In March 2013, staff members of the Youth Services department at the Kansas City Public Library took a group of teens on a field trip to the Missouri State Capital in Jefferson City. This trip was just one of many that have come from a partnership between the Kansas City Public Library and Truman Medical Center (Kansas City, MO). Not only are teens able to expand their knowledge of places in the Missouri area, but they are getting an opportunity to see different things that may affect their lives. Teens are experiencing a host of activities that are enriching, educational, and fun. The impact of these trips is obvious to us as librarians – we are hoping to create lifelong learners. To those outside of our profession, we must advocate for teens, libraries, and the magical experiences in between.
Crystal Faris, the Director of Teen Services at the Kansas City Public Library, took the time to answer a few questions about the teen trips and the effect on teen programming at the library.
I had a chance to speak with Michelle Luhtala, department chair of New Canaan (CT) High School Library, late last year about her students winning the American Library Association’s teen video Contest, “Why I NEED My Library!” in 2011. After learning that the American Library Association was sponsoring the teen video contest, “Why I NEED My Library!” , Michelle Luhtala, school librarian at New Canaan High School (CT) sent the information to a group of students interested in videography. She let the students ponder the idea of the contest and they did the rest… ultimately winning the top prize of $3,000.00 cash. The focus of the video was the library and the services offered. Michele said the $3,000.00 cash prize was a huge incentive for the students.
Even thought they did not get to keep the money for themselves, the students did get to decide how to spend the money for the benefit of the school library, a way to leave their legacy. Ultimately, 5 iPads were purchased for the school. Each iPad is individually engraved with the student’s name and has its own cover which represents each of the award winning students. Since receiving the iPads, Michelle said that many students come to the desk requesting to check out “The TIM” or “The Nick” iPad.
How did you become involved with libraries?
As an undergraudate student, I was referred to the local public library – The Public Library of Mount Vernon and Knox County in Ohio – for a job listing. The rest is, as they say, history. I became their Young Adult Services Assistant, and I had no idea what I was doing. But I loved it and worked hard to learn, eventually getting my MLS from Kent State University in 2002.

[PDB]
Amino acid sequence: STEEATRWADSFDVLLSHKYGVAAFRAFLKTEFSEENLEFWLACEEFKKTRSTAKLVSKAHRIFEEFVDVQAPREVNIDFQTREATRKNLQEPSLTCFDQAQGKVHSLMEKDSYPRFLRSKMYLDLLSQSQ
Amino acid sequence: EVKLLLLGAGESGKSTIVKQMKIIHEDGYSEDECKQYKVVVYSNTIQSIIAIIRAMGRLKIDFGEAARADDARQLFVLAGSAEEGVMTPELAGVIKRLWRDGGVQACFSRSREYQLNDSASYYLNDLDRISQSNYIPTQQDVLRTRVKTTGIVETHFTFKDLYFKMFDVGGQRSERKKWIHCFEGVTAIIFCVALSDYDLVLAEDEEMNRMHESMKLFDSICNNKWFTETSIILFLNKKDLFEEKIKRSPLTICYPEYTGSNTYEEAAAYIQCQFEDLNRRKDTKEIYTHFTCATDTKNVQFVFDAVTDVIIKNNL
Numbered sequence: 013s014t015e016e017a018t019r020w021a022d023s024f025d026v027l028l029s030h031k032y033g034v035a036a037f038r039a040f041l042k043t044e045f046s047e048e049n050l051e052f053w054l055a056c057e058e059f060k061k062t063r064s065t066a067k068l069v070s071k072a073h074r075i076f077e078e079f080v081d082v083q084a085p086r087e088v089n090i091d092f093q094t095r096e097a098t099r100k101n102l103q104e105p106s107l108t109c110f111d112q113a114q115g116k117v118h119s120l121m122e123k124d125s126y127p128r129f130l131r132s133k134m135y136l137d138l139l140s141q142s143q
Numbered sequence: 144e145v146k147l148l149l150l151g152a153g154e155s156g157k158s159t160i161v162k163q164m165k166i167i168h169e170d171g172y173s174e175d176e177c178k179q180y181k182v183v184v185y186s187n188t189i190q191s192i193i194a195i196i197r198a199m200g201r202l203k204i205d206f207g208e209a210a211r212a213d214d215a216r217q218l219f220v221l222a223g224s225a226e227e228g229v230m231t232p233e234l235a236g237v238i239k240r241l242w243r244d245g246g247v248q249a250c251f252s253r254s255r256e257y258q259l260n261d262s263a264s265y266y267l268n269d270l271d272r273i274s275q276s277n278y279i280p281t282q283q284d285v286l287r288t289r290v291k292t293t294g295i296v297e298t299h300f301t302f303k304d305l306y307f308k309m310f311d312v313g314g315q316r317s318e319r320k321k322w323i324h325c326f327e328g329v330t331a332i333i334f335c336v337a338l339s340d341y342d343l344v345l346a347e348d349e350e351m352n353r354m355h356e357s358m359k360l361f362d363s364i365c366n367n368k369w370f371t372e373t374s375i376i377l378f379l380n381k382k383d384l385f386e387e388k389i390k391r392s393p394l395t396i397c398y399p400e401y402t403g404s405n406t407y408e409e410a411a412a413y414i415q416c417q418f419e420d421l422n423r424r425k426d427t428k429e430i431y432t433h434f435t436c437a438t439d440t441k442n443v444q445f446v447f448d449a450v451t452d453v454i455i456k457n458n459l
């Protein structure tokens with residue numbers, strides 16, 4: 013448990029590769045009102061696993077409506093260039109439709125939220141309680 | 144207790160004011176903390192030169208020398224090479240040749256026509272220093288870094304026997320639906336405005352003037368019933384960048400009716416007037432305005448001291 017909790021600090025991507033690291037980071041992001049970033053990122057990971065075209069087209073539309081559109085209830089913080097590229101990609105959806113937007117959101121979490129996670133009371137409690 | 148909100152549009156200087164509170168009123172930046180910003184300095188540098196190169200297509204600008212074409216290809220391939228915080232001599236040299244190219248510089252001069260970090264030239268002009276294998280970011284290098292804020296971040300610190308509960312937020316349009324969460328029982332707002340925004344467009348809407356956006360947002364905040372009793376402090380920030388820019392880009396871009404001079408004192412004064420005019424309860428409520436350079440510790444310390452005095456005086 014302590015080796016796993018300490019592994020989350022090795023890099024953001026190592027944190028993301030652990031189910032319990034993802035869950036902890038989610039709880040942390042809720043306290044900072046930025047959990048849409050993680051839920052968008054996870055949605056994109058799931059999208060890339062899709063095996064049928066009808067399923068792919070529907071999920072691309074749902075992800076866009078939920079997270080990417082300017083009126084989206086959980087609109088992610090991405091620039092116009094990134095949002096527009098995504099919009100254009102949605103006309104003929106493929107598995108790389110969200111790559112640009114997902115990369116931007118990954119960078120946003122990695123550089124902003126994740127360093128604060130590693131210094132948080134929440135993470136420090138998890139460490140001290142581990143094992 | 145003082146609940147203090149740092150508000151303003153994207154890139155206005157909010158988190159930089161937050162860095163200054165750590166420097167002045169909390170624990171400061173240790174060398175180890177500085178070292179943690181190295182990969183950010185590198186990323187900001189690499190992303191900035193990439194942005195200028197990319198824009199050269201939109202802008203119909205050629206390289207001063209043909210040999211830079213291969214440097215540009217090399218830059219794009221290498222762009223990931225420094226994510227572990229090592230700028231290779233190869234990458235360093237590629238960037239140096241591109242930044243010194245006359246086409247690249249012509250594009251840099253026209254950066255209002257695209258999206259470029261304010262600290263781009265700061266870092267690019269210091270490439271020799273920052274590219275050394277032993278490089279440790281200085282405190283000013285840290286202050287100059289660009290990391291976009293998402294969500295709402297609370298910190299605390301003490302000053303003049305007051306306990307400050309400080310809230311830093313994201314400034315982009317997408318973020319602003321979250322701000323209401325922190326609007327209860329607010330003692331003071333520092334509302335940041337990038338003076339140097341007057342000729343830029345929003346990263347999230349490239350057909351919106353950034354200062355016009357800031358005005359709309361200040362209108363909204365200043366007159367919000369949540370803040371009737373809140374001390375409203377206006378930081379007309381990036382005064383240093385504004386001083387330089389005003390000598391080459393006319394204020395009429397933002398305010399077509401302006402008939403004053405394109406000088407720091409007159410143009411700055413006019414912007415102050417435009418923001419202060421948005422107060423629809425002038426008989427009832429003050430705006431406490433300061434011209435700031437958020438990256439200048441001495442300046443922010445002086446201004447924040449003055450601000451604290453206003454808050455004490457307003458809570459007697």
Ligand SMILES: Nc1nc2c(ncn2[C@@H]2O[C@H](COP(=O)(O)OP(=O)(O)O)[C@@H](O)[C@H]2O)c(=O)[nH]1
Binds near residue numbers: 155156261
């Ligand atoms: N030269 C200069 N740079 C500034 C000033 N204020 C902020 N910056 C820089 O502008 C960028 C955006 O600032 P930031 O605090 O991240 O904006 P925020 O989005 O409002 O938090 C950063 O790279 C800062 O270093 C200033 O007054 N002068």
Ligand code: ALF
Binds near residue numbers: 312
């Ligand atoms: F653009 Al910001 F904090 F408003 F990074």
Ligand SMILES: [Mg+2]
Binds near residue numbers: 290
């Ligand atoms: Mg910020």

How long have you worked or supported libraries?
I have worked in public libraries for 19 years now, always working as a young adult librarian and either youth services or adult services. I have worked in 4 different libraries, each having a different structure, size, and level of funding. Leaving my last library and my teens at Marion Public Library was the hardest thing I have ever had to do, but the economy hit Ohio hard and my husband found employment in Texas so we moved. I now work part-time at the Betty Warmack Branch Library in Grand Prairie. And the only thing I can say that I have loved about the move is how it lead me to start my advocacy project, Teen Librarian Toolbox, and how it has resulted in my growing so much as both a librarian and an advocate.
Advocacy is crucial for telling voters, legislators, patrons, and other stakeholders WHY their continued support for libraries is so important. To help inspire and inform members on the many forms of advocacy, the Legislative Committee spotlights Diane P. Tuccillo, Teen Services Librarian at the Harmony Library in the Poudre River Public Library District, Ft. Collins, CO. Diane shares how teens in her library system are advocating for libraries.
Teens often have the biggest impact in impressing their peers–this can be negative or positive, and with library advocacy, it’s positive! Adults are also readily impressed by teens and their contributions. I have heard so many great responses from parents who truly appreciate their teens’ library involvement, and those parents are telling their friends and relatives in the community what their teens are doing. The teen library activity presence filters to their fellow teens, families, and friends, becoming advocacy in itself.
Advocacy is crucial for telling voters, legislators, patrons, and other stakeholders WHY their continued support for libraries is so important. To help inspire and inform members on the many forms of advocacy, the Legislative Committee spotlights Robin Gard (58), a library board trustee, and her granddaughter, Madeline Gard (15), a high school sophomore , from Ft. Collins, CO on their co-advocacy.
Q: What prompted you to get involved in library advocacy?
A: Robin: I am your typical lifelong library groupie. I was recruited in 2006 by friends to join a citizens’ committee to work on a ballot measure for passage of a library district. I periodically call on my granddaughter to help as she is a big library fan. I started taking her to library storytimes as a toddler and she was a library volunteer for three summers.
Madeline: I love the library and I helped my grandma with campaigning. I’ve been going to the library my whole life.